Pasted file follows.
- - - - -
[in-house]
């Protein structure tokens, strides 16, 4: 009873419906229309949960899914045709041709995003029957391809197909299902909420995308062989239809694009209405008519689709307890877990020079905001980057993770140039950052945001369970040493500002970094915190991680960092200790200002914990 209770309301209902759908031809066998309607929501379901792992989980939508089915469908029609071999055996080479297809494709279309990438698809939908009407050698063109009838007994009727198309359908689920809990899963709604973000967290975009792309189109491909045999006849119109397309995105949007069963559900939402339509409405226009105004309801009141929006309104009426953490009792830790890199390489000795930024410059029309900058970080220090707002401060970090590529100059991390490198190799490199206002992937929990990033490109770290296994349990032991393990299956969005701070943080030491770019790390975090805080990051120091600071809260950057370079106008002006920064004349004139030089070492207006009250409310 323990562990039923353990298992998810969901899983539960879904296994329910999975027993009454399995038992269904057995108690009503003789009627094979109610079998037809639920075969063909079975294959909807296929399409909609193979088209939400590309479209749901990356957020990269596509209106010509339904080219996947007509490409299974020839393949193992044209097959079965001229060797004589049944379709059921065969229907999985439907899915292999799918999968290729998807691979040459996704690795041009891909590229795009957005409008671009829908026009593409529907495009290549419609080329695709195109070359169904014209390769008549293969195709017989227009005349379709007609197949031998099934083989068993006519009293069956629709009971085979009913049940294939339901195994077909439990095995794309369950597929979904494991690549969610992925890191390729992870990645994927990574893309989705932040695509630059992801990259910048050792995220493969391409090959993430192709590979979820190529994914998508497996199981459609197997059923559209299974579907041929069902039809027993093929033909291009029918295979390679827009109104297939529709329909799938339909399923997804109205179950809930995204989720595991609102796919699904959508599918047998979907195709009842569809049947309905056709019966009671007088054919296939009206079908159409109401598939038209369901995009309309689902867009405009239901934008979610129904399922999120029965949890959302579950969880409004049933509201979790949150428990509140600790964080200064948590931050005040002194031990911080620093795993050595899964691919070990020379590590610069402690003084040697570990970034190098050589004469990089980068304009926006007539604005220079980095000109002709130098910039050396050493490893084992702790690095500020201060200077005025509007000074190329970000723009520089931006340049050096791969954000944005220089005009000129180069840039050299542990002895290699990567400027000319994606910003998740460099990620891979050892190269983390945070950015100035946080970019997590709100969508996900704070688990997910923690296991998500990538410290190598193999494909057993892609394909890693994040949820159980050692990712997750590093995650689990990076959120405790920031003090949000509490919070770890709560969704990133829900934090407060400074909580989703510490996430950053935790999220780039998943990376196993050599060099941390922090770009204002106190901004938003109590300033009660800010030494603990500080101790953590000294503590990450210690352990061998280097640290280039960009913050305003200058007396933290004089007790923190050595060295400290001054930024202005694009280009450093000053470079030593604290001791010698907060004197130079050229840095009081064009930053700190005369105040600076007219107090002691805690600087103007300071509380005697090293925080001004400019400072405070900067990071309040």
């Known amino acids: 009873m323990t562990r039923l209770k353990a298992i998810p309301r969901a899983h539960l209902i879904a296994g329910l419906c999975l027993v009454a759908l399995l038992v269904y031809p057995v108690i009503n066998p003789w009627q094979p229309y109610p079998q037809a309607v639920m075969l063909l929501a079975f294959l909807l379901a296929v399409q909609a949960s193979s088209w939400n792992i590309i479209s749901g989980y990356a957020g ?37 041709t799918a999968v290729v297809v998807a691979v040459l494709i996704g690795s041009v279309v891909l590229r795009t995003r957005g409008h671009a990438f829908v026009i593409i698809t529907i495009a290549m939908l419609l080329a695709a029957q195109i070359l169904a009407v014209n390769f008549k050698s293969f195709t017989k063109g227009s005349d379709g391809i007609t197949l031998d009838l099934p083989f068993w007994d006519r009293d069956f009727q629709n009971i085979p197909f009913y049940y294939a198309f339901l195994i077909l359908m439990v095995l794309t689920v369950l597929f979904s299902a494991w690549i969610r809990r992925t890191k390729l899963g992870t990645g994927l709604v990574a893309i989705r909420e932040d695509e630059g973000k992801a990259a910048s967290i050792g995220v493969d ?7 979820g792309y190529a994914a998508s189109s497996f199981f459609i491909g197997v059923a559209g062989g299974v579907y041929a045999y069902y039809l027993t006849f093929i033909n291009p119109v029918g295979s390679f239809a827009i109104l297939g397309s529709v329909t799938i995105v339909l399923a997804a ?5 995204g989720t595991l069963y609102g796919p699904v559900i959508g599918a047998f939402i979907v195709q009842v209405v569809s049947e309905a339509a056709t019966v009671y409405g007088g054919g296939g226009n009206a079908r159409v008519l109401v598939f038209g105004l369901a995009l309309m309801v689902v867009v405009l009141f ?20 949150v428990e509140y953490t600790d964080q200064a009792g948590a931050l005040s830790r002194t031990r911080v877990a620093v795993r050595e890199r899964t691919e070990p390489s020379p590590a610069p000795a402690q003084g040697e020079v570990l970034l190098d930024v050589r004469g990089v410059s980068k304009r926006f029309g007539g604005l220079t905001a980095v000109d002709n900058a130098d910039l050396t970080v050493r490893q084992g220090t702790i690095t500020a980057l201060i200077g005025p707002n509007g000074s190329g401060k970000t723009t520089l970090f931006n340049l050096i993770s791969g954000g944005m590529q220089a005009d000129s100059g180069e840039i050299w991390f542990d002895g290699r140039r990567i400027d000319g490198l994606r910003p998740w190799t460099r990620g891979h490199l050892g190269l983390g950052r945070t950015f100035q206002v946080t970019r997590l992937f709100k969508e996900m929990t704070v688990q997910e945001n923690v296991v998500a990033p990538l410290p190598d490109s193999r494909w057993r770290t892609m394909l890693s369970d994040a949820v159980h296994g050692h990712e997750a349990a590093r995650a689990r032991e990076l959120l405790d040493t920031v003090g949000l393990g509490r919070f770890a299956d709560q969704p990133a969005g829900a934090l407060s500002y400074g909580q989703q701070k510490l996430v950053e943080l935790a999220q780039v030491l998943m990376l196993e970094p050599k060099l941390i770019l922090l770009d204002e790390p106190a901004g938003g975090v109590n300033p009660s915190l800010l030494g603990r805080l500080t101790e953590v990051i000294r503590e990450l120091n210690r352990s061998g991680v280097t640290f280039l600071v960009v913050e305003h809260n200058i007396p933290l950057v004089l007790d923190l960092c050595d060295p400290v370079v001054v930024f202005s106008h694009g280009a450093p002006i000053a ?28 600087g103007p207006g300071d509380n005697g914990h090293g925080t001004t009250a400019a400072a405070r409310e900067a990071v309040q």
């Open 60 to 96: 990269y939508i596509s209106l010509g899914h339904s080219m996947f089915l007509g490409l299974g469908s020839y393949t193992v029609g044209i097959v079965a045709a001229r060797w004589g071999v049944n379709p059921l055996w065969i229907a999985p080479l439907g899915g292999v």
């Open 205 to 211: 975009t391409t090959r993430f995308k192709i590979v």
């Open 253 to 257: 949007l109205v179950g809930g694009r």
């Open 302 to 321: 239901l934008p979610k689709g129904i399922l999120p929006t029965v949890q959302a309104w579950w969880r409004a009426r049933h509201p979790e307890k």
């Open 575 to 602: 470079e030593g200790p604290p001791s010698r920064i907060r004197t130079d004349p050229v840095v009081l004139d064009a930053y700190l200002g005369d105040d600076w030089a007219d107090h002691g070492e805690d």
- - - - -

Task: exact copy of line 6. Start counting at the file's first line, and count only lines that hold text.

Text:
């Open 253 to 257: 949007l109205v179950g809930g694009r």